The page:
Pastor Sean, What are the top ten things you would look for in a church if you were shopping for a new church?
First ‘shopping’ for a church is a terrible word to use to describe the difficult process of finding a new local NT assembly of believers to unite within covenant membership. But it aptly describes the process of visiting churches and praying for the will of the Lord to be revealed. So having said that, the first thing I would do is establish the biblical criteria I am looking for in a church and then use the Internet to compare and examine churches without having to visit them. More research means fewer churches I have to visit. The goal would be to narrow down the choices and then visit several different services to get a better sense of the true nature of the church. With that brief introduction, the following ten points attempt to describe the criteria I would use in looking for a church. (Click here for a printable PDF version of this article with scripture footnotes.)
- The preaching would have to be primarily and thoroughly expositional in nature with a strong emphasis on teaching the Word of God in a text-driven manner verse by verse. I would have to see that the words on the pages of the Bible are what is driving the direction of the sermon and the preacher is committed to proclaiming the whole counsel of the Word of God, including the exclusivity of marriage being necessary for cohabitation and limited to one male and one female. A failure to carry a physical Bible to a pulpit (stand) would be a huge red flag for me; I am not looking for a life coach and witty conversation each Sunday.
- The pastors, elders, and deacons would have to be males only, and furthermore, men that I could respect. The pastors would have to preach in person. I could not attend a church where the pastor preaches to me via video projection on a screen from another site or via a DVD.
- The church as a whole would have to be solid on what the gospel is and how one is converted or born again. If the church practiced a ‘sinner’s prayer’ invitation or taught that people are saved by asking God to save them in a prayer, I would cross that church off the list. I would want to see that the pastors understand that the gospel permeates all aspects of the Christian life. Repentance toward God and faith in Christ alone would have to be established as the hallmarks of what a man must do to be saved. I would have to sense that the preacher’s understanding is that it is God Who saves, and salvation cannot be manipulated through man-made techniques.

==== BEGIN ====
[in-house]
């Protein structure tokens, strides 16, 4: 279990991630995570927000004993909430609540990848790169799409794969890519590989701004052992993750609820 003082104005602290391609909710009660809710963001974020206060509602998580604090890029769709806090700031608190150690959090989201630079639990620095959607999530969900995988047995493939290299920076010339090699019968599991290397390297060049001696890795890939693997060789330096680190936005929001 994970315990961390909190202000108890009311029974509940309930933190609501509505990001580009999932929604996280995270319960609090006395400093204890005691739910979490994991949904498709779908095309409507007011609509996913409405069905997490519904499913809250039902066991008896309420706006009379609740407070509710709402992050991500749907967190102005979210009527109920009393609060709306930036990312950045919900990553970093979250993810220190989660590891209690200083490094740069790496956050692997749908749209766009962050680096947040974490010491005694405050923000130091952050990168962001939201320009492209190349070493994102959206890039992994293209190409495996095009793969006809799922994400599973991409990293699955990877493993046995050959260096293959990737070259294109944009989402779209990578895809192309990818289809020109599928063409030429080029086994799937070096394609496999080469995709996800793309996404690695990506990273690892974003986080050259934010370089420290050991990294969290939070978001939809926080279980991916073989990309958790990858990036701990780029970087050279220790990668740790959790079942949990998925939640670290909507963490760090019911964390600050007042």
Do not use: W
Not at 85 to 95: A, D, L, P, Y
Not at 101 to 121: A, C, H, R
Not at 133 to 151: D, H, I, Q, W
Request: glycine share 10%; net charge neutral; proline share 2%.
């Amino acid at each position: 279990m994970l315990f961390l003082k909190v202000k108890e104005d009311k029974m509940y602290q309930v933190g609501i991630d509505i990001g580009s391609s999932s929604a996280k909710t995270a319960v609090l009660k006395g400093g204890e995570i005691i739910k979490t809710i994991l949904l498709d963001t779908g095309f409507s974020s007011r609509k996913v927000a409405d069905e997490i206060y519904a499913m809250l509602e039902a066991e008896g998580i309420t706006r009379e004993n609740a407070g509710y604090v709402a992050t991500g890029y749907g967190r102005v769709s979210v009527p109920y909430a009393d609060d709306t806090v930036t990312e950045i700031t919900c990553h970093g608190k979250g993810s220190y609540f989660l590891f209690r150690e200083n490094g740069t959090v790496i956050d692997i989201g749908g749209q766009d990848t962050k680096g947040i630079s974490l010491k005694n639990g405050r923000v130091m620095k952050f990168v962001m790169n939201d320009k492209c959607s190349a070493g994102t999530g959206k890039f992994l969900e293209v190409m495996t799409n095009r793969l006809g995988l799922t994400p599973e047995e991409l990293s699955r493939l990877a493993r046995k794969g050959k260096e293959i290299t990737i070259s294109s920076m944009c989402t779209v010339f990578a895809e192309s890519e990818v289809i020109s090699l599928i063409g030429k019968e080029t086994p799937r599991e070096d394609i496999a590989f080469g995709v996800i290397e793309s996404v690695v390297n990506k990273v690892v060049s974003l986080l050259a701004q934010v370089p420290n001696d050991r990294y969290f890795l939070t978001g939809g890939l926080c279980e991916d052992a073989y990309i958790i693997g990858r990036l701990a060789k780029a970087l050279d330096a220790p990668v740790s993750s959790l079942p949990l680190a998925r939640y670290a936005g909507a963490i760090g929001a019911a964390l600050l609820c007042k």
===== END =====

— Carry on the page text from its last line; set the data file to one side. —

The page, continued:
- The church would have to practice baptism by immersion for professing believers only. While I respect my Presbyterian brothers in Christ, I believe they are way off on baptism, and I think it is a holdover from the Roman Catholic and Anglican traditions.
- The doctrine of the church would have to fully affirm the essential fundamentals of the Christian faith to include the verbal plenary inerrant inspiration of the original manuscripts of both the Old and New Testaments and use a translation I respect for its accuracy. I could not attend a church that believed God used an evolutionary process to create man. The pastor would have to affirm the existence of Adam as the first man and Eve as the first woman for me to be a member of that church.
- I would have to see that the church was focused on global missions, church planting, and evangelistic growth, as well as discipleship. Supporting more missionaries at fewer dollars would be a red flag that the church doesn’t fully understand the relationship between sending churches and partners on the field. How serious the church is about teaching children the Bible would be an excellent litmus test to measure how serious the church takes its mission to disciple converts.
- The church would have to practice church discipline and maintain a legitimate membership roll. If members could join the church without so much as even an interview with a pastor or elder, that would be a red flag to me that they do not take church membership seriously. I would not attend a church that did not practice a congregational form of government. Having elders would be a plus but only if the congregation elected the elders.
- I would have to be confident that my tithes and offerings were being managed wisely and the leaders were good stewards of the money given to the church. If the church has property, it is imperative that the buildings (nurseries) and grounds are being maintained to the glory of God. If the church looked like a dump, it would be a serious red flag pointing to a lack of leadership and direction in the church.
- The church could not have a greater emphasis on the Holy Spirit and the gifts of the Spirit than the gospel and the LORD of the gospel. This might manifest itself in a culture of emphasizing the worship ‘experience’ versus the primacy preaching of the Word. If the church believed in a second baptism of the Holy Spirit as necessary for assurance of salvation or the requirement to speak in tongues to affirm salvation, it would be off the list.
- I would have to sense that there wasn’t an air of arrogance or a culture of exclusivity in the congregation because of a sense of doctrinal superiority (sometimes present in Reformed Churches) or because of a sense of ‘rightness’ on the KJV Bible or the presence of personal holiness conduct such as ‘our women don’t wear pants’ (sometimes found in IFB churches). On the same note, if the congregation was exclusively white (or black), that would be of great concern to me.
While this list might not be as exclusive as it could be, it should provide a sufficient framework to begin to construct your own list of criteria as you diligently seek the Lord’s will concerning church membership.
Sean Harris, Pastor